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Private Providers Put Emphasis on Real-World Results

February 2, 2007
Related Topics: Career Development, Employee Career Development, Featured Article
When Time Warner, Inc., the world’s largest media company, decided it needed help turning its creative product and talent managers into corporate leaders, it had its pick of custom executive education programs offered at some of the finest universities and colleges in the country. But Time Warner, with $43.6 billion in 2005 revenue, chose a private firm instead of an institution of higher education, opting to put its managers in the hands of Mercer Delta Consulting.

    Over the past few years, private, for-profit companies like Mercer have moved aggressively into the field of executive education, offering a real-world alternative to the traditional academic style. Schools pitch themselves as repositories of knowledge. A company like Mercer pitches bottom-line results in a sort of boot-camp approach to teaching managers how to become action-oriented leaders.

    "The way business schools have touted themselves is that they have cutting-edge research from the best teachers and professors," says David Dotlich, president of Mercer Delta Executive Learning Center. "Who cares? At the end of the day, if an organization is not transformed it is irrelevant."

    Ironically, Mercer Delta Learning hires many of the same college professors to teach its courses. But Dotlich says Mercer’s overall approach is different, combining classroom instruction with coaching and corporate analysis to ensure that what’s learned gets applied. Dotlich says that Mercer is able to use its consulting abilities to enhance its education offerings.

    Dotlich himself started out as a University of Minnesota business professor before taking a series of corporate jobs, mostly in human resources with an emphasis on executive development. In 1998, he and two partners founded CDR International, a global executive development firm, and began offering custom executive education courses in direct competition with universities. Mercer acquired the company in 2004 and Dotlich has been running the operation for Mercer since.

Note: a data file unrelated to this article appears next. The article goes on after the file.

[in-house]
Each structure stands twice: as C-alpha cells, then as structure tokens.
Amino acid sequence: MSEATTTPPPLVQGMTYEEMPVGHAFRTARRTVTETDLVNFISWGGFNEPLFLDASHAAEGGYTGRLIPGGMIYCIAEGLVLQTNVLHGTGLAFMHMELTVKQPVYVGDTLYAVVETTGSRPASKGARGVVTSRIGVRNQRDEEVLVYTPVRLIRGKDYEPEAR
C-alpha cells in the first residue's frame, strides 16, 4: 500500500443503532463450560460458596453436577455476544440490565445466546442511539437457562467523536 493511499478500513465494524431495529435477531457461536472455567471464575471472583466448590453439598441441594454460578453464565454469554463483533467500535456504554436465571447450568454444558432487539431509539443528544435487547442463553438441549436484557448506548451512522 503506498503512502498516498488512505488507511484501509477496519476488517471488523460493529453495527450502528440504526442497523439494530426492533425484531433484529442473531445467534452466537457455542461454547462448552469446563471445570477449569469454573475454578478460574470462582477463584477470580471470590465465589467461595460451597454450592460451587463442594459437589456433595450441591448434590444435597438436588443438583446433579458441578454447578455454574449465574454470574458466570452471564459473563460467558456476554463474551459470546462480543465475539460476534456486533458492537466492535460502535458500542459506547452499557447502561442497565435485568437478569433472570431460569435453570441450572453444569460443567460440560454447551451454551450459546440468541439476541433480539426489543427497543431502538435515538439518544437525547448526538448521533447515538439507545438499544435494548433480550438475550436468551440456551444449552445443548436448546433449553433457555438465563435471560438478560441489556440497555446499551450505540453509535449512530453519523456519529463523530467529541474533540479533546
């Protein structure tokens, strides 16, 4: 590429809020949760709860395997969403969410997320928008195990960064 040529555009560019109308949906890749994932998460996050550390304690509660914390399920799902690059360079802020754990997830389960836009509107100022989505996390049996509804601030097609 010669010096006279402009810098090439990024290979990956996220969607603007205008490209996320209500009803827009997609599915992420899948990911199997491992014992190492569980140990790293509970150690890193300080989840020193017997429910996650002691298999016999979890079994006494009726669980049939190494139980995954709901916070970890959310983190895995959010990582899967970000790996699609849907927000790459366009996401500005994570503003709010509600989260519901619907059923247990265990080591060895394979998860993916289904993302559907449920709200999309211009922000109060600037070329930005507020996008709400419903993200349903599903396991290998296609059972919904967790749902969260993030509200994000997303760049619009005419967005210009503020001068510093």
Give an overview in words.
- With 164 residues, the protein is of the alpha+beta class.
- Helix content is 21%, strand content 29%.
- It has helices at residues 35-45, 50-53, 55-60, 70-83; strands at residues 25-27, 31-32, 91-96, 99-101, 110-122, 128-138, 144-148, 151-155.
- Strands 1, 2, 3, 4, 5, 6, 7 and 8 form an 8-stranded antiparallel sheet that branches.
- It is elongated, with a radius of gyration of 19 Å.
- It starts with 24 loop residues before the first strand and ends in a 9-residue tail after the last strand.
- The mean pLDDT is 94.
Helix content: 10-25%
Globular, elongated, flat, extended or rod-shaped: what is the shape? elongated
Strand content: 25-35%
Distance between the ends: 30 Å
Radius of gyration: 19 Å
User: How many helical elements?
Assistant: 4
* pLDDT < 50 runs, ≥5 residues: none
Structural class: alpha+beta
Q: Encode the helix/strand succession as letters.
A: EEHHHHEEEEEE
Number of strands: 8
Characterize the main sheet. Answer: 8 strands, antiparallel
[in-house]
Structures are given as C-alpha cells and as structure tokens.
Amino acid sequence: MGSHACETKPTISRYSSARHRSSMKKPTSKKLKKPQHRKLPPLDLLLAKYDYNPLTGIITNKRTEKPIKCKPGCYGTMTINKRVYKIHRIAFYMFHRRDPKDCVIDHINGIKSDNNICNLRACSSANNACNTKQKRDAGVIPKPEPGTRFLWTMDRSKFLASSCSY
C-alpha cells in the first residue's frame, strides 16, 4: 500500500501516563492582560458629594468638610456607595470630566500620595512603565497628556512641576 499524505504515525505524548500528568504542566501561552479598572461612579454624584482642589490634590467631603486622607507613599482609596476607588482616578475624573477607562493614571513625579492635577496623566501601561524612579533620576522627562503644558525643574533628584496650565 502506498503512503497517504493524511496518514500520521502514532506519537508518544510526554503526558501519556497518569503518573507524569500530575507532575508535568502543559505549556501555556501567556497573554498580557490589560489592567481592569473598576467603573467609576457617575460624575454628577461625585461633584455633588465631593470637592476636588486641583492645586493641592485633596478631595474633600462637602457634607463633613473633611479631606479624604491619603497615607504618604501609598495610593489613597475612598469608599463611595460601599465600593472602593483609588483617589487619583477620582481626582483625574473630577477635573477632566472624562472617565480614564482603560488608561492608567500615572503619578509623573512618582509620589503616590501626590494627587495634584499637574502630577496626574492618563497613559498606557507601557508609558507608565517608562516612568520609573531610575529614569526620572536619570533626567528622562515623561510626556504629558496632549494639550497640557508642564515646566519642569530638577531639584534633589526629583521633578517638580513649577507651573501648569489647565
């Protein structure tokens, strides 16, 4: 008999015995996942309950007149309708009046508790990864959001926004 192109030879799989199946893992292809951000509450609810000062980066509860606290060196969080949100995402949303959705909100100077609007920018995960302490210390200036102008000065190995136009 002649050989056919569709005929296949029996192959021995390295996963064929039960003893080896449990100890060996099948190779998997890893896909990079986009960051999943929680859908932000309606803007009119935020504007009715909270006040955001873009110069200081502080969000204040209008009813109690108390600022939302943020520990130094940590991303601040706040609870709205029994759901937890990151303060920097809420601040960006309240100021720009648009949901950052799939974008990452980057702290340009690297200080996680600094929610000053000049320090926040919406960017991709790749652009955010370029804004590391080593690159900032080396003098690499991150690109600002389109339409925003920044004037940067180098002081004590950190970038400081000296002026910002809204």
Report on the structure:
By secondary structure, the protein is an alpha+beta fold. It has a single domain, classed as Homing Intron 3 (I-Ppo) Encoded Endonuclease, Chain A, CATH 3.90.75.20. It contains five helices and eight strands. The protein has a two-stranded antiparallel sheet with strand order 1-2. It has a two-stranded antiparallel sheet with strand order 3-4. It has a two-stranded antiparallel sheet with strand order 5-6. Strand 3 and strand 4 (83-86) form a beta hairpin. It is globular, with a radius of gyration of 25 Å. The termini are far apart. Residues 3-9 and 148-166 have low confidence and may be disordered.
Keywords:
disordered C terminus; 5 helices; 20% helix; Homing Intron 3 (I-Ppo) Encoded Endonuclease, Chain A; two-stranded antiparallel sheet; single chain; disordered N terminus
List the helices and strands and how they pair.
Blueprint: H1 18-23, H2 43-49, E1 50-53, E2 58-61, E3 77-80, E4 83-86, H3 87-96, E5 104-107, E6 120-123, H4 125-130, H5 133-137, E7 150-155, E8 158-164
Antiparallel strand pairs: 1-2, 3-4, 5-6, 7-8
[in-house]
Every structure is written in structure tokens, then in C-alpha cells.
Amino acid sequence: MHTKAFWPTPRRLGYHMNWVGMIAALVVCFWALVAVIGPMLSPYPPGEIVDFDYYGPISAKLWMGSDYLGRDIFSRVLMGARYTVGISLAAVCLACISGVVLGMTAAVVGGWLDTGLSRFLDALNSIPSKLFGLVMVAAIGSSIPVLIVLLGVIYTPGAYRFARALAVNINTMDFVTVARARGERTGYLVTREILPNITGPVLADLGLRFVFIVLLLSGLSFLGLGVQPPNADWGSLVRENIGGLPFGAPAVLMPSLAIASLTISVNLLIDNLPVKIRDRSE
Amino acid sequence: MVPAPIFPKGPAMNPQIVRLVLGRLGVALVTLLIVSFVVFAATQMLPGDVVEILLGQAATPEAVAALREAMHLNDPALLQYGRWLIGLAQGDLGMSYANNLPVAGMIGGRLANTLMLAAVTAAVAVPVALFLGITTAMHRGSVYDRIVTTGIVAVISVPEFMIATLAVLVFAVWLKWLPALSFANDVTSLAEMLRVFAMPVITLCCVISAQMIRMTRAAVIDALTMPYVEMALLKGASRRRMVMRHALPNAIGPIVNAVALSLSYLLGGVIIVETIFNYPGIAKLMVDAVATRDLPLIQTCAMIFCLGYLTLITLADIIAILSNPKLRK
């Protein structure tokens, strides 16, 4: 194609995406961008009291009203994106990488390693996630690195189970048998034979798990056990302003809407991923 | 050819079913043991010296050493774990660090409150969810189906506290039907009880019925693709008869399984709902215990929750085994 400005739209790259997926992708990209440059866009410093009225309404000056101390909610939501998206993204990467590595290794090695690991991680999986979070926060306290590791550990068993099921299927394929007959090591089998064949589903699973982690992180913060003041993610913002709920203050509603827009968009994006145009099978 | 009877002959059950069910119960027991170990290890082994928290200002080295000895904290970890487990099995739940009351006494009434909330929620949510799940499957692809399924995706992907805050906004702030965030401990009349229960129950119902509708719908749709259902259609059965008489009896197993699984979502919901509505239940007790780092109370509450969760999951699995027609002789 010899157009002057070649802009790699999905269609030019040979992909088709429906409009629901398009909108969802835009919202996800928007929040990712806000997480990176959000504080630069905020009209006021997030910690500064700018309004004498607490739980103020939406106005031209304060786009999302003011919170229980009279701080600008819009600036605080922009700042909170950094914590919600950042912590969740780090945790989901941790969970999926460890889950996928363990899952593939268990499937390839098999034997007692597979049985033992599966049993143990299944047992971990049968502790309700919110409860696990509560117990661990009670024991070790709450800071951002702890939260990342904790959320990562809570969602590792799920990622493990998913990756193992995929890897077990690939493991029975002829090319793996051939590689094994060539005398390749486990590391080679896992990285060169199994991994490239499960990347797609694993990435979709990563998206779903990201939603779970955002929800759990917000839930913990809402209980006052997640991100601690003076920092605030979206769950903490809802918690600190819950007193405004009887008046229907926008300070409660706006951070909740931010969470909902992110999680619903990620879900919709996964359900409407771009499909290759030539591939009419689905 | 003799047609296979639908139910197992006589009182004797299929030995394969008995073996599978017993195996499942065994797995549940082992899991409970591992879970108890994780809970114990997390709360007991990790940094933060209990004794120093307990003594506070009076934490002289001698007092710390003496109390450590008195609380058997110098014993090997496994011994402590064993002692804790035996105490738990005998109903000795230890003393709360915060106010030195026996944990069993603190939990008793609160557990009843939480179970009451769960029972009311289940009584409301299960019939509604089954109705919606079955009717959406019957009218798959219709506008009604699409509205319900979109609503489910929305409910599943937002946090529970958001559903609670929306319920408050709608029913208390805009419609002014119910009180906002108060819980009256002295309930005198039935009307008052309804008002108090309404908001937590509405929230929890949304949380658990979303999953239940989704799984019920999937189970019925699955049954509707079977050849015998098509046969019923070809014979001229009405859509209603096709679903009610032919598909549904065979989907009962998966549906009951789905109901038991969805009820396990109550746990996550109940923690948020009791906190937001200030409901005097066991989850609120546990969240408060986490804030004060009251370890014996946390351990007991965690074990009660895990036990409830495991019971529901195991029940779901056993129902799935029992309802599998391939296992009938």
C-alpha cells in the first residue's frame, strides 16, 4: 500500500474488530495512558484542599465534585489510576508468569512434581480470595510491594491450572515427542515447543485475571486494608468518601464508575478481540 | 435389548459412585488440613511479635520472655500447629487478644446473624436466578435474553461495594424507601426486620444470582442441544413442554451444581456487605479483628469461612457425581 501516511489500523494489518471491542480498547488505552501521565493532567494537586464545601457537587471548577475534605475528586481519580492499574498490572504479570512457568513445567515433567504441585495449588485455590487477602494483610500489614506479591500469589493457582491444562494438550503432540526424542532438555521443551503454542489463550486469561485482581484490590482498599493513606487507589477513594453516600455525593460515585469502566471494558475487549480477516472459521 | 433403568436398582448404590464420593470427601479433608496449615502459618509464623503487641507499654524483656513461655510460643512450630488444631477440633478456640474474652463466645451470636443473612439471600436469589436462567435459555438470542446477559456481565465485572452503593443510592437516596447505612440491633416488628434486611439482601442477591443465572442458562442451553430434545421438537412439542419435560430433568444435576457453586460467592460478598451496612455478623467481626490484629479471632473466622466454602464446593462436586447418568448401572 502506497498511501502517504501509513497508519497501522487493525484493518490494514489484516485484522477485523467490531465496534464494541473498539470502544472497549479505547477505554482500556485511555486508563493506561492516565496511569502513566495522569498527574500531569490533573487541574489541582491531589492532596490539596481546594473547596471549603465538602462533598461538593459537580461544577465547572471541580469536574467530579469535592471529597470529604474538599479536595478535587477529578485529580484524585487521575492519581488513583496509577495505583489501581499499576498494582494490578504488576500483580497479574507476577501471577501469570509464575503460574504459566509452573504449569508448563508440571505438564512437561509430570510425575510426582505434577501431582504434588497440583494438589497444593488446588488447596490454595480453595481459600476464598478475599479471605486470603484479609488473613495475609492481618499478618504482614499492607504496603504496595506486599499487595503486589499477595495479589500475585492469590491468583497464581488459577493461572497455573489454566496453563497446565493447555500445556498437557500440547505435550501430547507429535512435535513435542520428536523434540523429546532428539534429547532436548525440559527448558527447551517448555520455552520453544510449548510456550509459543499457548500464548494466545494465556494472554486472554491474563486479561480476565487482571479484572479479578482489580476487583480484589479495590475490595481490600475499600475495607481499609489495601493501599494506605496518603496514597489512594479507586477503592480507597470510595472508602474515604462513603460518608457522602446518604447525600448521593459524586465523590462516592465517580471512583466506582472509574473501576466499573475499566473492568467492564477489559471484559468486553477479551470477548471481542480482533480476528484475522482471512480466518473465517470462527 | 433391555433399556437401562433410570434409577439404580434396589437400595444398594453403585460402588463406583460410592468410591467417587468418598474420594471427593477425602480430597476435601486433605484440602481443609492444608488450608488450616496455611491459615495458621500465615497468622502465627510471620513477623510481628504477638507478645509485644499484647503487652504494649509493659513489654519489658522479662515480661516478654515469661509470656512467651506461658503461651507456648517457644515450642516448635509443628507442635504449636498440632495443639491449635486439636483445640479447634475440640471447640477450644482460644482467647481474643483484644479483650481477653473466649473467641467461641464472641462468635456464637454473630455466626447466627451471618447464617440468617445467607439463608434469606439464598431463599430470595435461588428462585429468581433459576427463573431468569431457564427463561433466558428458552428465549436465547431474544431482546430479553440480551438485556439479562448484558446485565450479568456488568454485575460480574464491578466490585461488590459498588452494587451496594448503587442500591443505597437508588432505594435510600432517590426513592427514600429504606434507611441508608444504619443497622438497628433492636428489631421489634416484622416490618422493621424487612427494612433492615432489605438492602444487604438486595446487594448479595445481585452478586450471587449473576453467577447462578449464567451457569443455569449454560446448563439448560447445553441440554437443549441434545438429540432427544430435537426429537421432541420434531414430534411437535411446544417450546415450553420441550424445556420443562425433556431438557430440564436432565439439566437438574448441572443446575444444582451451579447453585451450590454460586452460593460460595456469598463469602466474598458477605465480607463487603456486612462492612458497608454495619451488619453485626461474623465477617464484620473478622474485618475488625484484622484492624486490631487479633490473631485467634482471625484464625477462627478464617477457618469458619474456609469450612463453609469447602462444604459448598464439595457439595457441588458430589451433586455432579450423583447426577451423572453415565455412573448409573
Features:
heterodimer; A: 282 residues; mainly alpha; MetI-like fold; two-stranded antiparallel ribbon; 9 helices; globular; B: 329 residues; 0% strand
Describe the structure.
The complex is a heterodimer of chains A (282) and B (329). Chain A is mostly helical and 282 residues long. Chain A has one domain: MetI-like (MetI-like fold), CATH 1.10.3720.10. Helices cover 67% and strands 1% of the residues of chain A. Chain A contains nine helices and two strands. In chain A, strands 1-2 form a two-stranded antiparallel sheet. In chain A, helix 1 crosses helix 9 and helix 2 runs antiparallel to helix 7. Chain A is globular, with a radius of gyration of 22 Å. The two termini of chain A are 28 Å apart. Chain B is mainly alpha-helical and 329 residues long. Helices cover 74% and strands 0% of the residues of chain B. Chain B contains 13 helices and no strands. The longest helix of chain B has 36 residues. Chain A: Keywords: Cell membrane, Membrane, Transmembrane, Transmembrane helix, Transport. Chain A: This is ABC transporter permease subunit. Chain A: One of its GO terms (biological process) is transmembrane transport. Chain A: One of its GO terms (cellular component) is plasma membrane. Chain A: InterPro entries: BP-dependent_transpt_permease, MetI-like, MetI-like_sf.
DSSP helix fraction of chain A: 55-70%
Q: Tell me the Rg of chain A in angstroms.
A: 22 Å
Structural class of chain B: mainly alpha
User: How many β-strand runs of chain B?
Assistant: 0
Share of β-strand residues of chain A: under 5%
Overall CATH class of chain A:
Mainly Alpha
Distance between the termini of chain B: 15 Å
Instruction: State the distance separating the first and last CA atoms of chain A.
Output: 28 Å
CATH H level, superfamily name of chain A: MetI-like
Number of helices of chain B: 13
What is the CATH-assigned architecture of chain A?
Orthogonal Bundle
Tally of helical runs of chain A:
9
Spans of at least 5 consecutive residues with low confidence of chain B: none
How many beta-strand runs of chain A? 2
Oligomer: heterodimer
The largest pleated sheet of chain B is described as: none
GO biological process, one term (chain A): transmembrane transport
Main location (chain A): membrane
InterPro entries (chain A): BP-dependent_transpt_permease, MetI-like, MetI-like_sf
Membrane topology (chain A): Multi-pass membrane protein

Unlike schools, Mercer offers no general, open-enrollment courses that teach broad management topics. Instead, Mercer Delta Learning works directly with CEOs and corporate boards to craft education programs that are designed to help a company build a better leadership pipeline.

    The latest twist involves Mercer not only training managers to be leaders but also helping corporations select the best candidates to train. Mercer’s consultants evaluate a company’s management team, assess talents, determine which managers possess the most potential, then use custom programs to train and educate those selected few. "I don’t know a business school in the world that does that," Dotlich says.

    The Mercer approach helps a company replenish its leadership pipeline, he says. Because its education classes are stocked with carefully selected managers, graduates are more likely to use their newly acquired knowledge and skills to change and improve their companies. And that, Dotlich says, is what executive education is all about in the end.

    Dotlich says companies ask for three things: "Tell me what the frontier is, tell me what the best practices are, help me change," he says. "The provider who does that the best will grow the fastest."

Workforce Management, January 15, 2007, p. 22 -- Subscribe Now!

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